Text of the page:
“The Grand Ole Opry did not have a better friend than Little Jimmy Dickens,” said Pete Fisher, Opry vice president and general manager. “He loved the audience and his Opry family, and all of us loved him back. He was a one-of-kind entertainer and a great soul whose spirit will live on for years to come.”

Country legend Hank Williams Sr. nicknamed him “Tater” based on Dickens’ song “Take an Old ColdTater (And Wait).”

His novelty songs, including his biggest hit “May the Bird of Paradise Fly Up Your Nose” about good and bad luck, earned him a spot in the Country Music Hall of Fame in 1983.

It crossed over from a country hit to become a hit on the pop charts – a rarity in those days – with its rollicking chorus: “May the bird of paradise fly up your nose; May an elephant caress you with its toes; May your wife be plagued with runners in her hose; May the bird of paradise fly up your nose.”

Dickens said in a 2009 Associated Press interview that his first impression of the song was “it was a nice piece of material to inject in my show. Then I went to Vietnam (to perform) for two months and when I got home it was my pay: a No. 1 song.”

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The guitarist made more than a dozen trips to perform in Europe and entertained troops in Vietnam three times.

His other hits included “A-Sleepin’ at the Foot of the Bed,” “Out Behind the Barn,” “Country Boy” and “I’m Little But I’m Loud.”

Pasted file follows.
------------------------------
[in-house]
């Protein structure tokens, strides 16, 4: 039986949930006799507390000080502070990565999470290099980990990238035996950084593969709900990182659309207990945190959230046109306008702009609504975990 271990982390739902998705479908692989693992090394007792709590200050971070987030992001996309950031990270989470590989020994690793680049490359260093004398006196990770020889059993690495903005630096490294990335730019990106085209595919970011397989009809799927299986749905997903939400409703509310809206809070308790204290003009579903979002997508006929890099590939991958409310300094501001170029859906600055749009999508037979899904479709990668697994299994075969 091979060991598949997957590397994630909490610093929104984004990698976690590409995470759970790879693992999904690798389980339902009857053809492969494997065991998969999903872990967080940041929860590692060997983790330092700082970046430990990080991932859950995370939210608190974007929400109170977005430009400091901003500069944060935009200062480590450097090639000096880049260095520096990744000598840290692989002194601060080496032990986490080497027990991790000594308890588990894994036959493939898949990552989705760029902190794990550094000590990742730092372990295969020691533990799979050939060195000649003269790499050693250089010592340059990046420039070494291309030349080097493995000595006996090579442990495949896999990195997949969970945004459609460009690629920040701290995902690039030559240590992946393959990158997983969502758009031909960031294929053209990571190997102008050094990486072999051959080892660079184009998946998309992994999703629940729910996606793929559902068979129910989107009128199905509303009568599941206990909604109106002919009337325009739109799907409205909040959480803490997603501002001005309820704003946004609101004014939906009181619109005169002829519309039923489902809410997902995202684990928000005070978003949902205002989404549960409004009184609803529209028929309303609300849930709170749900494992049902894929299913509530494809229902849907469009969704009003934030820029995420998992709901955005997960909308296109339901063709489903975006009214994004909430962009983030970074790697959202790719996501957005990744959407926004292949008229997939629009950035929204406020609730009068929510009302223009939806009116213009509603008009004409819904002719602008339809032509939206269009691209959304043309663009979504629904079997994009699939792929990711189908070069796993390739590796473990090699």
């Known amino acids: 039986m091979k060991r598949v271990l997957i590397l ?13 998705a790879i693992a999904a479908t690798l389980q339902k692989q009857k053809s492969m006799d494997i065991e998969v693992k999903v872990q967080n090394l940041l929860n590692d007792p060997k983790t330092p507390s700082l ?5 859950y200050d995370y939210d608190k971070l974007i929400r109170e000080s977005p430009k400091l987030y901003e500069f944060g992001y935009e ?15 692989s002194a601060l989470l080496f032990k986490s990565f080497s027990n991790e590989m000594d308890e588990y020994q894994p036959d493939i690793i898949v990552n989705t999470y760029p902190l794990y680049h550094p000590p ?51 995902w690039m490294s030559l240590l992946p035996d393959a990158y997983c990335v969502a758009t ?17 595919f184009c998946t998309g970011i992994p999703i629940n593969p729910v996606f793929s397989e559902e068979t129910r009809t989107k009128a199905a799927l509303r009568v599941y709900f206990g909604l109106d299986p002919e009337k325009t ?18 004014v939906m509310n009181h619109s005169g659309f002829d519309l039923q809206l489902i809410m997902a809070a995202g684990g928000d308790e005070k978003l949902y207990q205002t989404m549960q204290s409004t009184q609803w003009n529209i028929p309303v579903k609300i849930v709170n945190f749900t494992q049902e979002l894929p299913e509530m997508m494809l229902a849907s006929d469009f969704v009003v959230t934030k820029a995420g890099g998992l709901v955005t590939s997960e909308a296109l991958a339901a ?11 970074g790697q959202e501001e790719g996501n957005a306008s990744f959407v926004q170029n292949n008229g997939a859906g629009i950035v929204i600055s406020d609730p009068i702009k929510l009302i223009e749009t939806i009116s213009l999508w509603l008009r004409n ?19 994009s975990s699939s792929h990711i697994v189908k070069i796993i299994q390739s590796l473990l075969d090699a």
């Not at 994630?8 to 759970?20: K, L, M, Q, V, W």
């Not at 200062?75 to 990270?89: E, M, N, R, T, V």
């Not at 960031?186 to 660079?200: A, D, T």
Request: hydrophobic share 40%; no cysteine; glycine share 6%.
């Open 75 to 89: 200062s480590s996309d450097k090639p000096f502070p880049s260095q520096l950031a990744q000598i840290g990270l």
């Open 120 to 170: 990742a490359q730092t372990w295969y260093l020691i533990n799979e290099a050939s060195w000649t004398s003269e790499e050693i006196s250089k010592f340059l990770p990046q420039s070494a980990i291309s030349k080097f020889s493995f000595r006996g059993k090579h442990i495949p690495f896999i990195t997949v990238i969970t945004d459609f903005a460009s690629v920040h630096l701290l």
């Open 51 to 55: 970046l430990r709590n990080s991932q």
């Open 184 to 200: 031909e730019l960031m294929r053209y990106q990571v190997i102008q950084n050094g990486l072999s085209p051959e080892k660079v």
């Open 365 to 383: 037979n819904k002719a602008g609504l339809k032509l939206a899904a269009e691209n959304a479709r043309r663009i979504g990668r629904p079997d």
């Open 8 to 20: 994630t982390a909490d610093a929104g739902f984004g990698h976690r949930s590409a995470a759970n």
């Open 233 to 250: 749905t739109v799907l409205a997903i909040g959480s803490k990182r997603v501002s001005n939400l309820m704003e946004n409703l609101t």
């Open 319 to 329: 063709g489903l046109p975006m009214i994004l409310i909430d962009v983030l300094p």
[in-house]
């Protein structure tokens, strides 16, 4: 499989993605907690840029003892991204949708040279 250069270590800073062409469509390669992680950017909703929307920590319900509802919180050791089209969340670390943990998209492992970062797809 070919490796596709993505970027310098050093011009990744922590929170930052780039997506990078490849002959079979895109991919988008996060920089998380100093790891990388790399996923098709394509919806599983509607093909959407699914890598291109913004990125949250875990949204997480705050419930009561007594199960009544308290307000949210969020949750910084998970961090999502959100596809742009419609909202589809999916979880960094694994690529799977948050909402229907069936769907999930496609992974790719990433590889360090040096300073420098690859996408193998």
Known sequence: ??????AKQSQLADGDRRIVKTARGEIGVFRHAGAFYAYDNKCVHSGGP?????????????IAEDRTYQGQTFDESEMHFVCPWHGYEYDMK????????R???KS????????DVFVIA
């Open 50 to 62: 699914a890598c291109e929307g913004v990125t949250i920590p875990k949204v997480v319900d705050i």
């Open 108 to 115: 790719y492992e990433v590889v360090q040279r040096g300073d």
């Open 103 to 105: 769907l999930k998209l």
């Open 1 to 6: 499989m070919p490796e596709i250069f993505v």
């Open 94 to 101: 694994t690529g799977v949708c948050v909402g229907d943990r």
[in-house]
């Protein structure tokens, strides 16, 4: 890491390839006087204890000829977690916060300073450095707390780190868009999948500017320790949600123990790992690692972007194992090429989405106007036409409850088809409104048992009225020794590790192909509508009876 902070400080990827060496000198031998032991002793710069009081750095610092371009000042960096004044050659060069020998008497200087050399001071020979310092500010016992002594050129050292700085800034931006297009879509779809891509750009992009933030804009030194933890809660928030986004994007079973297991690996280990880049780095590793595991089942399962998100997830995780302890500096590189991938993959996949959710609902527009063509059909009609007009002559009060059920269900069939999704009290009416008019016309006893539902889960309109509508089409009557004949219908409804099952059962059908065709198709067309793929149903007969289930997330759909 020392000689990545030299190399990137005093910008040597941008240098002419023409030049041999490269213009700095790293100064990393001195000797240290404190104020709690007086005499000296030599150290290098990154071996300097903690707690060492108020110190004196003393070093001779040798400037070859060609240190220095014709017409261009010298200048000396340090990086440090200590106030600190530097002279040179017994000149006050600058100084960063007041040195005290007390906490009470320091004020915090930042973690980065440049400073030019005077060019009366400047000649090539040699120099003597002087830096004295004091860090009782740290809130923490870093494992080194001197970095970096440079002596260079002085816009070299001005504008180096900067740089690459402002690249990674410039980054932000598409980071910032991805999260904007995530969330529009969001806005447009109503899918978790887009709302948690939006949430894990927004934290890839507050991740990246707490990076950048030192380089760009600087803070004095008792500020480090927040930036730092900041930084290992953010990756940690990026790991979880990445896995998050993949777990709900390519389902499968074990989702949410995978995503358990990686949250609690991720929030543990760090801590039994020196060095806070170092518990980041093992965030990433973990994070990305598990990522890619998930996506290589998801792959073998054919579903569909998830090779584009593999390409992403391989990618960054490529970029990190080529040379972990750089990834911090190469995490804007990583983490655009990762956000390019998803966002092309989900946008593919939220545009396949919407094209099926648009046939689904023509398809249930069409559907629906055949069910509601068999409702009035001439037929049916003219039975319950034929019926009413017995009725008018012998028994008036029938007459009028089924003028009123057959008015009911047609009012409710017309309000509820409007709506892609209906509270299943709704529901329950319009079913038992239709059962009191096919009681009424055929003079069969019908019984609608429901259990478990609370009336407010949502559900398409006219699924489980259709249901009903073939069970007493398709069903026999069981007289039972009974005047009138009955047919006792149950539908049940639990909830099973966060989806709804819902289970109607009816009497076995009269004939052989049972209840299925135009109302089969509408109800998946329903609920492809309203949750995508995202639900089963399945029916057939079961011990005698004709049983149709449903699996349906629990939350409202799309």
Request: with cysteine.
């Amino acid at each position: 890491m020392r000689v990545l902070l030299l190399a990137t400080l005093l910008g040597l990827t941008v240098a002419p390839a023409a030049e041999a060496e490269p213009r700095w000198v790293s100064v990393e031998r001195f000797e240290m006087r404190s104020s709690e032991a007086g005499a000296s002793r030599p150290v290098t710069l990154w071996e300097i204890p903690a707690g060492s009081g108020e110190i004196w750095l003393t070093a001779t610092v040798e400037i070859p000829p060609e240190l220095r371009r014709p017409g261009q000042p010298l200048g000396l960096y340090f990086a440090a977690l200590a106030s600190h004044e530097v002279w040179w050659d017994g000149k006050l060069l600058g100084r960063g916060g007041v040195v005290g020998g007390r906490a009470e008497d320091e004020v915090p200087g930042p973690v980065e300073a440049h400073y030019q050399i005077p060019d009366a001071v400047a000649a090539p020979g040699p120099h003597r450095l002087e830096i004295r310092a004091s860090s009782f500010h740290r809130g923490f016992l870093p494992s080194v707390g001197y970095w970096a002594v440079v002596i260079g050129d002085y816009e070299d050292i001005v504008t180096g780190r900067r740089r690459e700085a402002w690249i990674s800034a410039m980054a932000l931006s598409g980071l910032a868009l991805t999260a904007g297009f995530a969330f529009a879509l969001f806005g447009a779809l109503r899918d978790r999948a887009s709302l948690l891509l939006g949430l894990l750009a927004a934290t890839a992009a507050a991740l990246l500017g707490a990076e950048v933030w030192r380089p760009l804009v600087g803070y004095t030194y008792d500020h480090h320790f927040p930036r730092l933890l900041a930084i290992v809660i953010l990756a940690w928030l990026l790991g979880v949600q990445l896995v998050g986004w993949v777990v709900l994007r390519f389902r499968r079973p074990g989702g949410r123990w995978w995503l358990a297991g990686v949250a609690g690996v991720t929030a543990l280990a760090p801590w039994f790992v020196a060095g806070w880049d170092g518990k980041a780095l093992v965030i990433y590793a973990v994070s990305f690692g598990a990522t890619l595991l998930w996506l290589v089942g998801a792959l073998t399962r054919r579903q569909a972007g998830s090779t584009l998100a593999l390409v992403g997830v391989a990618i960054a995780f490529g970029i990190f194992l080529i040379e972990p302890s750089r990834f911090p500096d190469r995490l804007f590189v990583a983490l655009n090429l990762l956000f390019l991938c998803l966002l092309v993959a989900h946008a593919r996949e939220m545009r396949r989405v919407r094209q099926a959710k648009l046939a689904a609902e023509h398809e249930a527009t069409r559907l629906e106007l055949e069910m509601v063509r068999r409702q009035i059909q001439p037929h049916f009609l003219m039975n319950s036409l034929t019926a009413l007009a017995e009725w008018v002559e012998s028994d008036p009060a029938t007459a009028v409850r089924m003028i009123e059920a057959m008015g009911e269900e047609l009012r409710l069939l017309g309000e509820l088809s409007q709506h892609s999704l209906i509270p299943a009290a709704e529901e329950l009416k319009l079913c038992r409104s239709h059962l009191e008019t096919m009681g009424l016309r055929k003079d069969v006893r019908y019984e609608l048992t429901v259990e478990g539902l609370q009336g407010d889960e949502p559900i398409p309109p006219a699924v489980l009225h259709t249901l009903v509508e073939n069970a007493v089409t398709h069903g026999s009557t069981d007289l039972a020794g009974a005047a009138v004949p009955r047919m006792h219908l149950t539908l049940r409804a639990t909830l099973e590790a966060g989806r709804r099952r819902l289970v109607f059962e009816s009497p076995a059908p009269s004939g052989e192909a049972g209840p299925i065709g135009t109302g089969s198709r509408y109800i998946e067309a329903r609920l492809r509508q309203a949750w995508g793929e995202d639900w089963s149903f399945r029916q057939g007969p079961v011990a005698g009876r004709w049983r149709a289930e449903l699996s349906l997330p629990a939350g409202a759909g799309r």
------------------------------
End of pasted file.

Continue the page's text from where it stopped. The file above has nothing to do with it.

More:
He is credited with introducing rhinestone suits to country music around 1950, taking a suggestion from Los Angeles clothing designer Nudie.

“He said that when the lights hit them, the audience would go `Wow,’ ” Dickens recalled in the 2009 interview. “He was 100 percent right.”

Dickens was born in Bolt, West Virginia, the 13th and youngest child in a coal-mining family. Coal mining was the main industry in his area, but it wasn’t for him.

“I wouldn’t have worked the mines. I wasn’t large enough,” he once said.

One of his first jobs was crowing like a rooster on a radio station in Beckley, West Virginia, to begin the station’s broadcasting for the day.

“I was not paid for it. I was just hanging around and they let me do that. I did it for a year or so, then eventually I worked my way to doing a song,” he said.

Before becoming a nationally known country singer, he worked at radio stations in Indianapolis; Cincinnati; Topeka, Kansas; and Saginaw, Michigan.

Dickens said in 2009 that he’d never been self-conscious about his height.

“It’s been very good for me. I’ve made fun of it, and get a laugh here and there,” he said.

In October 2008, Dickens energetically got on a step ladder on the Opry stage to get eye level with 6-foot-6 country singer Trace Adkins.

“You’re so tall, if you fell down, you’d be halfway home when you got up,” Dickens told him.

Dickens had surgery Jan. 13, 2009, to repair a subdural hematoma, a form of brain injury. He spent a week in a hospital, then went to a rehab center, but resumed performing in late February 2009.

He was treated at the Mayo Clinic and Vanderbilt Medical Center in 2008 for a bloodstream infection and urinary tract infection. He was hospitalized for pneumonia in December 2004.

His Opry performances in 2009 were sprinkled with humor about his age: “You know you’re 88 when you see a pretty girl in a bikini and your Pacemaker makes the garage door go up.”

Country singer George Hamilton IV, 77, dies

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This is from CNN.

Another Country Music Legend has left us.

R. I. P. George Hamilton lV Gods Speed.


(CNN) — Singer George Hamilton IV, known as the “International Ambassador of Country Music,” has died at a Nashville hospital following a heart attack, the Grand Ole Opry said in a press release. He was 77.